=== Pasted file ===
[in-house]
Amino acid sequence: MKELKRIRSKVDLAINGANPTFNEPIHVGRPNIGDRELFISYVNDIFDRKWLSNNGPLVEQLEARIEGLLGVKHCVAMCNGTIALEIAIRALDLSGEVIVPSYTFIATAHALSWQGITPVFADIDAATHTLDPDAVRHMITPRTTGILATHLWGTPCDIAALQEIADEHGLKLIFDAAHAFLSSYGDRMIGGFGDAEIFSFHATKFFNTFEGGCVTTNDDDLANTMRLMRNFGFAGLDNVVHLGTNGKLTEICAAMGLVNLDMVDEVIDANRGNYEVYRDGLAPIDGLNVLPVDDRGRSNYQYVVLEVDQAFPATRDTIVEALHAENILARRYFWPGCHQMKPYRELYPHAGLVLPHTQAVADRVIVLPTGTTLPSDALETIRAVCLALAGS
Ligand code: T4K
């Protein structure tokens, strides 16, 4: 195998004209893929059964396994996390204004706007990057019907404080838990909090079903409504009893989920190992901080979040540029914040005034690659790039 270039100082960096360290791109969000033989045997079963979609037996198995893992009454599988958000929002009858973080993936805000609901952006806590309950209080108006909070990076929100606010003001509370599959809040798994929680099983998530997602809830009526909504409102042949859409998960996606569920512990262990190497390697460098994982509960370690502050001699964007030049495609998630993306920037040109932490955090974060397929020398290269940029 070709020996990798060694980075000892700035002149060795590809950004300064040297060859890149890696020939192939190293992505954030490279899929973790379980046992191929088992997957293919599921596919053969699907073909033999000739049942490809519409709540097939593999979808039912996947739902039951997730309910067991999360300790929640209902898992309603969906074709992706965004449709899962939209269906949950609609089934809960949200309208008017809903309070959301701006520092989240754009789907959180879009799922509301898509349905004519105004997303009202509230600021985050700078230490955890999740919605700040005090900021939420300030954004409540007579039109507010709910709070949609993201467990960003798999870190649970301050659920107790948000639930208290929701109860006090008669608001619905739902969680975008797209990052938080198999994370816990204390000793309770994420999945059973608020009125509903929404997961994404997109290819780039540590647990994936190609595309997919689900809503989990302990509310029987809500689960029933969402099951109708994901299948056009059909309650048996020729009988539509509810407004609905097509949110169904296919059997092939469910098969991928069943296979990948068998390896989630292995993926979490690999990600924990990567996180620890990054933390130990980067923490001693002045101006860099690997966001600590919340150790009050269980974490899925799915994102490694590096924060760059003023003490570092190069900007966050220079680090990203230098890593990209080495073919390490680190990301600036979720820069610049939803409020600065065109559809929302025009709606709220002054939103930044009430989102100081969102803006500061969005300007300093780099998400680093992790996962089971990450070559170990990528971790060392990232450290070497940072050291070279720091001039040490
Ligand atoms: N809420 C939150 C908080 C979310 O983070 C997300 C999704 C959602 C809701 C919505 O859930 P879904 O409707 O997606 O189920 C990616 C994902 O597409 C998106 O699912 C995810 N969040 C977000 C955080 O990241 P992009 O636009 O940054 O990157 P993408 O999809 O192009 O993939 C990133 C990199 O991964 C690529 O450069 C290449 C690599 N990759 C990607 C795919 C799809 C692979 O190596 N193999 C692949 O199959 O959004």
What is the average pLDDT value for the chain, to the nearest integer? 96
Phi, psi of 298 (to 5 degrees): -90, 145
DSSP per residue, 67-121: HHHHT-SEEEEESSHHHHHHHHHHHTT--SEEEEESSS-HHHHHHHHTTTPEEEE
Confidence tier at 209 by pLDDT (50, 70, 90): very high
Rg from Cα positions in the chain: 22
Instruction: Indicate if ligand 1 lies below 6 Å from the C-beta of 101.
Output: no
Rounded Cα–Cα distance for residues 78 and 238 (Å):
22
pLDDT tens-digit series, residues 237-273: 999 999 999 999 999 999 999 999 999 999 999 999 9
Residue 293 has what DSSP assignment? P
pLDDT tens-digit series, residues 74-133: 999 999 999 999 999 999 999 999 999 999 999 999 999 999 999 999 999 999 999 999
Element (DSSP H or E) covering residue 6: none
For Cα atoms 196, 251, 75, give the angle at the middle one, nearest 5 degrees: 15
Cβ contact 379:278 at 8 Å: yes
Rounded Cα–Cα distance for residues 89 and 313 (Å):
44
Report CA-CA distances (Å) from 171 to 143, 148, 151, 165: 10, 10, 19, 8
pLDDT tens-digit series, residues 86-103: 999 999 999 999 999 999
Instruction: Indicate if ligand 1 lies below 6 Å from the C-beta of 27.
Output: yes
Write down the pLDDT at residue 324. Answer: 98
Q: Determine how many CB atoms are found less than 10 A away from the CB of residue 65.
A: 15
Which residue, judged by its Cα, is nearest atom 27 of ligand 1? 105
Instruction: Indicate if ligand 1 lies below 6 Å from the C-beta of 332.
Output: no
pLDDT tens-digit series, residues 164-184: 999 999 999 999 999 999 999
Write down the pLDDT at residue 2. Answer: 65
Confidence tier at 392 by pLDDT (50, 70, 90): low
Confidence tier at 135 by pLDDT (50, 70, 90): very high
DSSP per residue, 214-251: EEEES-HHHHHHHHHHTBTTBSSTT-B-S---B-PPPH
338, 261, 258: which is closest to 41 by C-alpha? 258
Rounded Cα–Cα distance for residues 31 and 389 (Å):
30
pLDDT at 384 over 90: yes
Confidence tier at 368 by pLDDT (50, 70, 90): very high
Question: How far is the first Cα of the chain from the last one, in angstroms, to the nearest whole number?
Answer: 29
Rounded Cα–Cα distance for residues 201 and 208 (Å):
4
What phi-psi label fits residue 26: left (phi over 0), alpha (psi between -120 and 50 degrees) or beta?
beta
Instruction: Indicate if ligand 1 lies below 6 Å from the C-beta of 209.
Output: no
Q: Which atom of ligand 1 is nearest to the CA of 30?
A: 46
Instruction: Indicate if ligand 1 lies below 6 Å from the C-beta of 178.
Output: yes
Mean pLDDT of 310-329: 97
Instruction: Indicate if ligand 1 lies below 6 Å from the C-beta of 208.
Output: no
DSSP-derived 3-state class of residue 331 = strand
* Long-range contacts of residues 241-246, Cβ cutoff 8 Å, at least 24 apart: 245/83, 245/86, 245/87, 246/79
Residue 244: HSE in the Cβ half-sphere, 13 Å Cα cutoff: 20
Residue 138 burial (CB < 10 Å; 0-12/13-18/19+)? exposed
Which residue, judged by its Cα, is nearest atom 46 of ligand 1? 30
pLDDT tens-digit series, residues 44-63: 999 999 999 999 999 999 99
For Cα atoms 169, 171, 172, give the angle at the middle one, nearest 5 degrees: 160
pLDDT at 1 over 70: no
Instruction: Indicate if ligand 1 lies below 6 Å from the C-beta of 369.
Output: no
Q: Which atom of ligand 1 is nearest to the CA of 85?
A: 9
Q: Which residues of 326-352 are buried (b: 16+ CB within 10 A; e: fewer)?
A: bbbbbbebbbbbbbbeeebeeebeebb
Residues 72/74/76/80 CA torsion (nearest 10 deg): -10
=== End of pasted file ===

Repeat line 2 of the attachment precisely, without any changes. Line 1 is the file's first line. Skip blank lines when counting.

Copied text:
Amino acid sequence: MKELKRIRSKVDLAINGANPTFNEPIHVGRPNIGDRELFISYVNDIFDRKWLSNNGPLVEQLEARIEGLLGVKHCVAMCNGTIALEIAIRALDLSGEVIVPSYTFIATAHALSWQGITPVFADIDAATHTLDPDAVRHMITPRTTGILATHLWGTPCDIAALQEIADEHGLKLIFDAAHAFLSSYGDRMIGGFGDAEIFSFHATKFFNTFEGGCVTTNDDDLANTMRLMRNFGFAGLDNVVHLGTNGKLTEICAAMGLVNLDMVDEVIDANRGNYEVYRDGLAPIDGLNVLPVDDRGRSNYQYVVLEVDQAFPATRDTIVEALHAENILARRYFWPGCHQMKPYRELYPHAGLVLPHTQAVADRVIVLPTGTTLPSDALETIRAVCLALAGS